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Language Development Department
Yaqui History

Native Americans are the true experts about Indian travels and ways of life. The Yaqui people have used oral traditions to pass their rich history from one generation to the next. This is the history of the Yaqui as told by Ernesto Quiroga Sandoval, Historian, Pascua Yaqui Tribe.

The Creator made ocean animals and allowed some to emerge onto land. Some evolved into a short human form: the Surem. Rio Yaqui, photographed by Amalia Reyes These are the early ancestors of the Yaquis. The Sureni lived in a time out of mind and were a peace-loving, gentle people who had no need for government. Life in the Sonoran desert was a harmonious perfection for the Surem until God spoke through a little tree and prophesied about new horticultural techniques, Christianity, savage invaders, and disunity. The Surem became frightened about parts of this message and transformed into taller, defensive farming people called Yaquis (Hiakim) or Yo'emem (The People).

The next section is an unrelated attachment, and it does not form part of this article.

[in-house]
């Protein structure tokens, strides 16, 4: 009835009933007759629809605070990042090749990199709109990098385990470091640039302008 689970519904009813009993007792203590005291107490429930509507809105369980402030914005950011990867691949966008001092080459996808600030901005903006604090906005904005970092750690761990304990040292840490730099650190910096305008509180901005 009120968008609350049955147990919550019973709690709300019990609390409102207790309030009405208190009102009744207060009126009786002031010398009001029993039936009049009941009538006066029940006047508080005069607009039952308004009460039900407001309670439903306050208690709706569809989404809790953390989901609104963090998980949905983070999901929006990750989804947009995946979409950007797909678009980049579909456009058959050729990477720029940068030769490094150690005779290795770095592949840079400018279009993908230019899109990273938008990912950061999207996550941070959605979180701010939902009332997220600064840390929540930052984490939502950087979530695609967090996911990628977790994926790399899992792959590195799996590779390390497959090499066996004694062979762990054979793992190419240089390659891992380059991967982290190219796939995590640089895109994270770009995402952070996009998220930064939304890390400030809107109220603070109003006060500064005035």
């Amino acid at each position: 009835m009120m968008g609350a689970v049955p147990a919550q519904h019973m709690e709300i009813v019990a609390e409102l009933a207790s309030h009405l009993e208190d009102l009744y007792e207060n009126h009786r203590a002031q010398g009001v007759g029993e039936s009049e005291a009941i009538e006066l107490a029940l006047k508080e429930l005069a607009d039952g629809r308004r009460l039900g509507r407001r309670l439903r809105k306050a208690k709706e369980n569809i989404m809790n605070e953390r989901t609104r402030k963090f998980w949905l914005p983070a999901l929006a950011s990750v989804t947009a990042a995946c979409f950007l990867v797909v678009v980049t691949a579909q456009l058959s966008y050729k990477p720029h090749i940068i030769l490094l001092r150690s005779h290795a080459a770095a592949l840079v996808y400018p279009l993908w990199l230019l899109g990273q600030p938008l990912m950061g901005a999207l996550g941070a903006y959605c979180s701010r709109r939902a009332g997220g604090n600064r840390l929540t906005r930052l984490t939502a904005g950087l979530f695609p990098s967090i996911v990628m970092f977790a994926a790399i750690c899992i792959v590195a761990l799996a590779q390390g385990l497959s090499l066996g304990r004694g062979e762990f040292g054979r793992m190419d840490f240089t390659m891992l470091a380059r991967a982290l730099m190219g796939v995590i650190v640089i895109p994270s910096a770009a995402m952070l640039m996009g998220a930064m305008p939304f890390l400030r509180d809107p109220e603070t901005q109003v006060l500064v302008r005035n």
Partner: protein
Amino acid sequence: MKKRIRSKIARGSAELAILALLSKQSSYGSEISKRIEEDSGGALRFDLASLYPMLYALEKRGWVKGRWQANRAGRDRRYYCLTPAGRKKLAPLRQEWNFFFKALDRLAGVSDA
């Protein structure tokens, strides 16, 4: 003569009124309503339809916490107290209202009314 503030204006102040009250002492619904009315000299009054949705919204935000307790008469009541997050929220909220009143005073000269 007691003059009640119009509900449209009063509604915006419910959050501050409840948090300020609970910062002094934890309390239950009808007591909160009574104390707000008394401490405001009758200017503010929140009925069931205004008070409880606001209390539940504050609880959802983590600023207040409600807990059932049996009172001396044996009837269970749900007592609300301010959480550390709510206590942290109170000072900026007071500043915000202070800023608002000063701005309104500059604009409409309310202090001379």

The Yaquis were well accustomed to the many parts of North America. By 552 AD, Yaquis were living in family groups along the Yaqui River (Yoem Vatwe) north to the Gila River, where they gathered wild desert foods, hunted game and cultivated corn, beans, and squash. Yaquis traded native foods, furs, shells, salt, and other goods with many indigenous groups of central North America. Among these groups are the Shoshone, the Comanche, the Pueblos, the Pimas, the Aztecs, and the Toltec. Yaquis roamed extensively in pre-Columbian times and sometimes settled among other native groups like the Zunis.

It is said, "We had been told in a revelation from Heaven, that God had given to the Yaquis a homeland around the Yaqui River." The Yaquis trained themselves to fight, withstand pain, and die if necessary to protect God-given land Rio Yaqui, photographed by Amalia Reyes and family life. By 1414, the Yaquis were organized into autonomous, yet unified, cultural and military groups.

In 1533, the Yaquis saw the first white men: a Spanish military expedition searching for slaves. The Spanish who initiated warfare were soundly defeated, but took thousands of Yaqui lives. Between 1608 and 1610 the Spanish repeatedly attacked the Yaqui people. The Yaquis proved they could raise a fighting force of 7,000 within a few hours to successfully defend Yaqui land and cultural integrity.

Rio Yaqui, photographed by Amalia Reyes

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